Hazing is a long-standing tradition in many college fraternities and sororities. Hazing is also unlawful, and parties that engage in hazing can be charged criminally for any harm that occurs as a result of the hazing. Further, a person may be charged criminally for hazing even if he or she did not directly participate in the unlawful activity. This was demonstrated in a recent case decided by the District Court of Appeal of Florida, First District, in which the court reversed a trial court’s dismissal of hazing charges against a fraternity president. If you live in St. Petersburg and are charged with hazing or any other crime alleging you caused bodily harm, it is sensible to meet with a skillful St. Petersburg criminal defense attorney to discuss your options for striving to protect your rights.
Facts of the Case
It is reported that the defendant was the president of a fraternity at a Florida university. As the president, he presided over all fraternity activities and agreed to all pledge activities. Additionally, he was present for a meeting in which the members of the fraternity’s executive board discussed the dangers of the underage pledges becoming intoxicated at an upcoming pledge event, and he encouraged the event to take place.
Allegedly, during the event in question, the victim consumed most of a bottle of bourbon and subsequently died of acute alcohol intoxication. His blood alcohol concentration at the time of his death was over 0.44%. The defendant was not present at the event. The State charged the defendant with one count of felony hazing and one count of misdemeanor hazing, however. During a pre-trial hearing, the court dismissed the felony hazing count, after which the State appealed.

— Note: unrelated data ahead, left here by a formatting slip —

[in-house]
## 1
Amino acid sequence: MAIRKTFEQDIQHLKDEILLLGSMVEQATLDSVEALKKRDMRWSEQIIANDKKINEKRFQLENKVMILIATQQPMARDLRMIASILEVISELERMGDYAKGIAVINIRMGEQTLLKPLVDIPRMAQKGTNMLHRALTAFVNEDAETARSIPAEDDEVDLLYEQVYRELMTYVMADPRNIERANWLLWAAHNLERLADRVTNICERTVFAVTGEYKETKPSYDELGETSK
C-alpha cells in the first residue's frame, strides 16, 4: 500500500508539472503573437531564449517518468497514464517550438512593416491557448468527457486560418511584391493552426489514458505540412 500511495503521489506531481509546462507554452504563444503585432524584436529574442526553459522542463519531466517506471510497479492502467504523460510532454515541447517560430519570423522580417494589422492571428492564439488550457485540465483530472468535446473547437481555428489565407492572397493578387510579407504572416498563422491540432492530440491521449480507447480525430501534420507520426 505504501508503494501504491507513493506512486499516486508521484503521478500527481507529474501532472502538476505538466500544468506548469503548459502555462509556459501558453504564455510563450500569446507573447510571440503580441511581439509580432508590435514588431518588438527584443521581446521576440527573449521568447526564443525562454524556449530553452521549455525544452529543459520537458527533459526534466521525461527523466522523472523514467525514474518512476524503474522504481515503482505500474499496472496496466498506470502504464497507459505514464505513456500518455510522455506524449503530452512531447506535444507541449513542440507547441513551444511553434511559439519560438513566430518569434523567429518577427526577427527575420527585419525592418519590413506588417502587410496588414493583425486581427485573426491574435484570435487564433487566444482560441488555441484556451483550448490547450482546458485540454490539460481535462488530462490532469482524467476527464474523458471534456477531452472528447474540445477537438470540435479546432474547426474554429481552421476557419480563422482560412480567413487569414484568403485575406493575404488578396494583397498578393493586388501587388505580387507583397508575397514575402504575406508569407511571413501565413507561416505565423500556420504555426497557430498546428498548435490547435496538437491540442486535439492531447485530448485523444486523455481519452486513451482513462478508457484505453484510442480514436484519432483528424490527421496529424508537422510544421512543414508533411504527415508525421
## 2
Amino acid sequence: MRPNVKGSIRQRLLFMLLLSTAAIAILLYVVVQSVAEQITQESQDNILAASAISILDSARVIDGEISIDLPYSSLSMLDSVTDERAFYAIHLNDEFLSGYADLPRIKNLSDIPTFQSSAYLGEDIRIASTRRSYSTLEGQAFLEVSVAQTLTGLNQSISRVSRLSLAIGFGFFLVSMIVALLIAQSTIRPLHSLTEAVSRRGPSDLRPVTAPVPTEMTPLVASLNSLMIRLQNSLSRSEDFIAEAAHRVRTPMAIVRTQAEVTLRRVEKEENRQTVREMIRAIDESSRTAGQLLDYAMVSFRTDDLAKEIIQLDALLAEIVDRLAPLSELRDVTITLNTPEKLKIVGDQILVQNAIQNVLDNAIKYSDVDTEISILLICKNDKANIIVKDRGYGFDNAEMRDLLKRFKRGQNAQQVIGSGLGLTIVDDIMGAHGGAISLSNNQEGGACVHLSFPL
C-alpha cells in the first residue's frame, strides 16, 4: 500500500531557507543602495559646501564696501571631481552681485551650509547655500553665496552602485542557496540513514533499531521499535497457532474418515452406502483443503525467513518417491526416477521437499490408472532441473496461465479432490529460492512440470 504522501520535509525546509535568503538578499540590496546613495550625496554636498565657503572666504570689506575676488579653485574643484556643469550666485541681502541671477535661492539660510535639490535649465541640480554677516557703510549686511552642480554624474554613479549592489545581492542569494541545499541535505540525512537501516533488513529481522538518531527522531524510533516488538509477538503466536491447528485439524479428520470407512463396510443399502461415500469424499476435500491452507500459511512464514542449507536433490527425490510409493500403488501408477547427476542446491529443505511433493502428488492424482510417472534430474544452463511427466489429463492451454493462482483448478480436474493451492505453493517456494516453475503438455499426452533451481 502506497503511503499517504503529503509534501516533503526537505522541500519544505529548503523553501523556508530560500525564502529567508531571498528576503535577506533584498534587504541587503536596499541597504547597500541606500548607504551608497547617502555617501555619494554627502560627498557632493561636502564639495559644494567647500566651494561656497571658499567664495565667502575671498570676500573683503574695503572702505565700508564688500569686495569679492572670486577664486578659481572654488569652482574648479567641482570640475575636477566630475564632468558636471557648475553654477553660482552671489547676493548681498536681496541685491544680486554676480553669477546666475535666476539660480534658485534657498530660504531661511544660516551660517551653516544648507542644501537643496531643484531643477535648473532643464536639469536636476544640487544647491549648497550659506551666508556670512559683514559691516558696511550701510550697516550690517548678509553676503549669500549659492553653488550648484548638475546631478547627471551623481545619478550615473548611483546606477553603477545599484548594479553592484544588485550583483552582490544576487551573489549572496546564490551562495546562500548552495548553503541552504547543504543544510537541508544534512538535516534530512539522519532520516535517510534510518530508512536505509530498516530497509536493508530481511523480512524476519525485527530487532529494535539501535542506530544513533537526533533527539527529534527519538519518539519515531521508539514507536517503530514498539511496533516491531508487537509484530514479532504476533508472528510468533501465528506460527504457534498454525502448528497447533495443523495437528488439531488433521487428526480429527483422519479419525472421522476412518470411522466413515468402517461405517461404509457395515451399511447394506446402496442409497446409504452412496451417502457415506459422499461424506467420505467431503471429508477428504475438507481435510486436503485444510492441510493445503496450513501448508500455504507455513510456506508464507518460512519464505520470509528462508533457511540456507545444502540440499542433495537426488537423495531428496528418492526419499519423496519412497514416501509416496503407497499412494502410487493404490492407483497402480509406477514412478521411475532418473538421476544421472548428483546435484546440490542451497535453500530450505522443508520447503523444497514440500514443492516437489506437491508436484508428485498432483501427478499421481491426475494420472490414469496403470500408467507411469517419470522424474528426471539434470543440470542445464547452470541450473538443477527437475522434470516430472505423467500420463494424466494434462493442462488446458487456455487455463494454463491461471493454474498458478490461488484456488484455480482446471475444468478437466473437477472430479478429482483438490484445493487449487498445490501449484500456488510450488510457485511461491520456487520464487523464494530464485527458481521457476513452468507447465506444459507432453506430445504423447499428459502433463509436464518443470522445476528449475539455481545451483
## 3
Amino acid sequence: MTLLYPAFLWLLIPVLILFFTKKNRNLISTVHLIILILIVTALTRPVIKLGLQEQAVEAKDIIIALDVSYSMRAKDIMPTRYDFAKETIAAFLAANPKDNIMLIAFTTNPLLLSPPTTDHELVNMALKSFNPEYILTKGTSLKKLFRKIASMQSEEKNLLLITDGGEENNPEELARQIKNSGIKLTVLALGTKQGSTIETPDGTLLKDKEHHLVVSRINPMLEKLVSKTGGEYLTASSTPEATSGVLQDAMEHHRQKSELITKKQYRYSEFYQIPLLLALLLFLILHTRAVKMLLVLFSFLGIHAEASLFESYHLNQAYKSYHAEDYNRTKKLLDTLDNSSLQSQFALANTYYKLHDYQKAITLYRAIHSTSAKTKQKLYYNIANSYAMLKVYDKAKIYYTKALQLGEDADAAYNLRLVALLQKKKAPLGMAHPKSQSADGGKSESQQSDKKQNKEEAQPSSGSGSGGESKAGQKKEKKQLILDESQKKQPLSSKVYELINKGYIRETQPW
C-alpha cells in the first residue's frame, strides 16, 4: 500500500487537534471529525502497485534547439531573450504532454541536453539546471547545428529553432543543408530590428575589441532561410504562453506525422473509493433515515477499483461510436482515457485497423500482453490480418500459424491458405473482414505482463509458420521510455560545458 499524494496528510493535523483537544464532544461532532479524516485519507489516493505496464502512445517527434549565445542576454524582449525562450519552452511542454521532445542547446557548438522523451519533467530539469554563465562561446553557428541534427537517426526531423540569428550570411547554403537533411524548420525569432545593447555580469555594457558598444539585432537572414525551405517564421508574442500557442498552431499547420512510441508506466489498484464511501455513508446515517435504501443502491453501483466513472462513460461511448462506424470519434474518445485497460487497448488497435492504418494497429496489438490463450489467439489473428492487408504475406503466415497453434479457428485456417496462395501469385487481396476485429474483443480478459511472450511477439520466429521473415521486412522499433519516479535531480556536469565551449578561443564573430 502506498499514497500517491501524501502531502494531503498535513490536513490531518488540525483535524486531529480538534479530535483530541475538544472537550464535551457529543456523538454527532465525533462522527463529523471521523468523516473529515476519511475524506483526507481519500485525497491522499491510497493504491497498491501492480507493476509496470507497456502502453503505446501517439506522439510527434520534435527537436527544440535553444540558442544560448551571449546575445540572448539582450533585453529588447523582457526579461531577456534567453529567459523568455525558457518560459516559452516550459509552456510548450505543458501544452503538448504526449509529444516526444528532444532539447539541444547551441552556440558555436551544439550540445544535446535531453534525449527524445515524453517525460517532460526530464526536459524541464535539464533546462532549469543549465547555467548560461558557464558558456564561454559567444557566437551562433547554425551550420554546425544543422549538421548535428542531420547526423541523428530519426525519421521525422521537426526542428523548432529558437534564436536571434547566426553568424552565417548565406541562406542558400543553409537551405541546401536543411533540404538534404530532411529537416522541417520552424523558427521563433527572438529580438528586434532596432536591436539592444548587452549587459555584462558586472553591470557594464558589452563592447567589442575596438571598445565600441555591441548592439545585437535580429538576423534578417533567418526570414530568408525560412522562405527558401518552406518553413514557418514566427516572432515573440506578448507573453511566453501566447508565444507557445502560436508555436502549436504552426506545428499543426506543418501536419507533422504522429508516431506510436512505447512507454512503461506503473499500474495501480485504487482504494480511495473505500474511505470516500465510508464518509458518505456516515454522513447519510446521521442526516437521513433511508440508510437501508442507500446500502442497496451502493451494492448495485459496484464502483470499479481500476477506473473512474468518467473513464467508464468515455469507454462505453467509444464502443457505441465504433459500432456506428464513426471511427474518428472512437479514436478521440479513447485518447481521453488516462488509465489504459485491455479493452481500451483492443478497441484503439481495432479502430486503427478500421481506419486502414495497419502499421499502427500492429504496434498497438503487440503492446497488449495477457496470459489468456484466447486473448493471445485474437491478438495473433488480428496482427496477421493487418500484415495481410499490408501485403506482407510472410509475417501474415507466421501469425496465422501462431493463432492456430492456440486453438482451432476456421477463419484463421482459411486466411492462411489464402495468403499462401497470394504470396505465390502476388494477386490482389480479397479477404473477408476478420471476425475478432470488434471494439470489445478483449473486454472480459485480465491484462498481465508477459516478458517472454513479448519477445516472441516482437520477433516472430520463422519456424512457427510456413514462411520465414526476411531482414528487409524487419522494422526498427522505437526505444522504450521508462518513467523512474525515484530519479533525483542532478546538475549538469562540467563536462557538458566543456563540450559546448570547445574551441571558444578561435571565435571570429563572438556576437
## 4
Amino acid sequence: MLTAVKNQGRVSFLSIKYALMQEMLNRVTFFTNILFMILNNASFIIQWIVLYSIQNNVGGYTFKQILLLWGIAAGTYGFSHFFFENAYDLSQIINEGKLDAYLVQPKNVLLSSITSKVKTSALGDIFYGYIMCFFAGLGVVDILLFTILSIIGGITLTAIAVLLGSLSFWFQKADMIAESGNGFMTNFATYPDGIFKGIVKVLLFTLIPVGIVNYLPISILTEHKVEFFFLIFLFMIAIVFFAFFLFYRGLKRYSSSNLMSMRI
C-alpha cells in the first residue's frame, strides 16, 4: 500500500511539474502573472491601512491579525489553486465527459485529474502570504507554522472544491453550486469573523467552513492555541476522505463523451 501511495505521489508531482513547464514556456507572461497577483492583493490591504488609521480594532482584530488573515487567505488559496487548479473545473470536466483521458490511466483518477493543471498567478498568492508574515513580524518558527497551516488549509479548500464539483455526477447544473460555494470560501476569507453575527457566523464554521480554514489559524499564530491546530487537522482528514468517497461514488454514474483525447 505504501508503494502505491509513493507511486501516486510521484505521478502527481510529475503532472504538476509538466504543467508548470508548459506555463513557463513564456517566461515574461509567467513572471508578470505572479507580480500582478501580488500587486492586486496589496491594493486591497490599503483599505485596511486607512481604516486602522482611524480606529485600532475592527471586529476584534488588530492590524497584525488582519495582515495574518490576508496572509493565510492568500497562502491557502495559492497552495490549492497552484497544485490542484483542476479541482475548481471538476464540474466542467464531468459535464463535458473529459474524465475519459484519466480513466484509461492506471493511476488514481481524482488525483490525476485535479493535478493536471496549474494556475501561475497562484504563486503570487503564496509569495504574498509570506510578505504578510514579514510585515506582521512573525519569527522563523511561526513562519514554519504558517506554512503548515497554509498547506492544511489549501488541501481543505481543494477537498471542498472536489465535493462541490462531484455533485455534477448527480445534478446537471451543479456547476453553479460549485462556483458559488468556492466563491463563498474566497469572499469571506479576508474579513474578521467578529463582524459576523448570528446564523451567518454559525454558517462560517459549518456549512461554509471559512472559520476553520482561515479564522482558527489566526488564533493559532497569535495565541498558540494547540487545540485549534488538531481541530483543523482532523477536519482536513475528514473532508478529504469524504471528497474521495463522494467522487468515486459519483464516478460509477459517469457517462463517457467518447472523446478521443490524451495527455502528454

Felony Hazing as a Principal
On review, the appellate court found that there were sufficient facts alleged in the State’s statement of particulars to show that a reasonable jury could find that the defendant committed hazing under the principal theory. Under Florida law, hazing is defined as any action that intentionally or recklessly endangers the physical safety or health of a student for purposes of entering an organization. Hazing is a felony if it results in the serious injury or death of a person.
In the subject case, the State argued that the defendant violated the hazing statute as a principal. The law provides that when a person aids, counsels, or abets a crime to be committed, he or she is a principal in the first degree and can be charged with the crime, regardless of whether he or she is actually or constructively present. The court found that in light of the principal statute, it was proper to charge the defendant with felony hazing. Specifically, as the fraternity president, he directly approved the service of liquor to underage fraternity pledges at the event, thereby engaging in actions that lead to the victim’s ultimate death. As such, the appellate court reversed the trial court ruling.
Speak with a Trusted Criminal Defense Attorney
College students can face severe criminal consequences for engaging in hazing, and it is critical for anyone charged with hazing, or any other crime of violence, to speak with a criminal defense attorney. William Hanlon of Hanlon Law is a St. Petersburg criminal defense attorney with experience handling violent crime charges, and he will work diligently to help you pursue the best result available in your case. You can reach Mr. Hanlon at 727-897-5413 or via the online form to set up a conference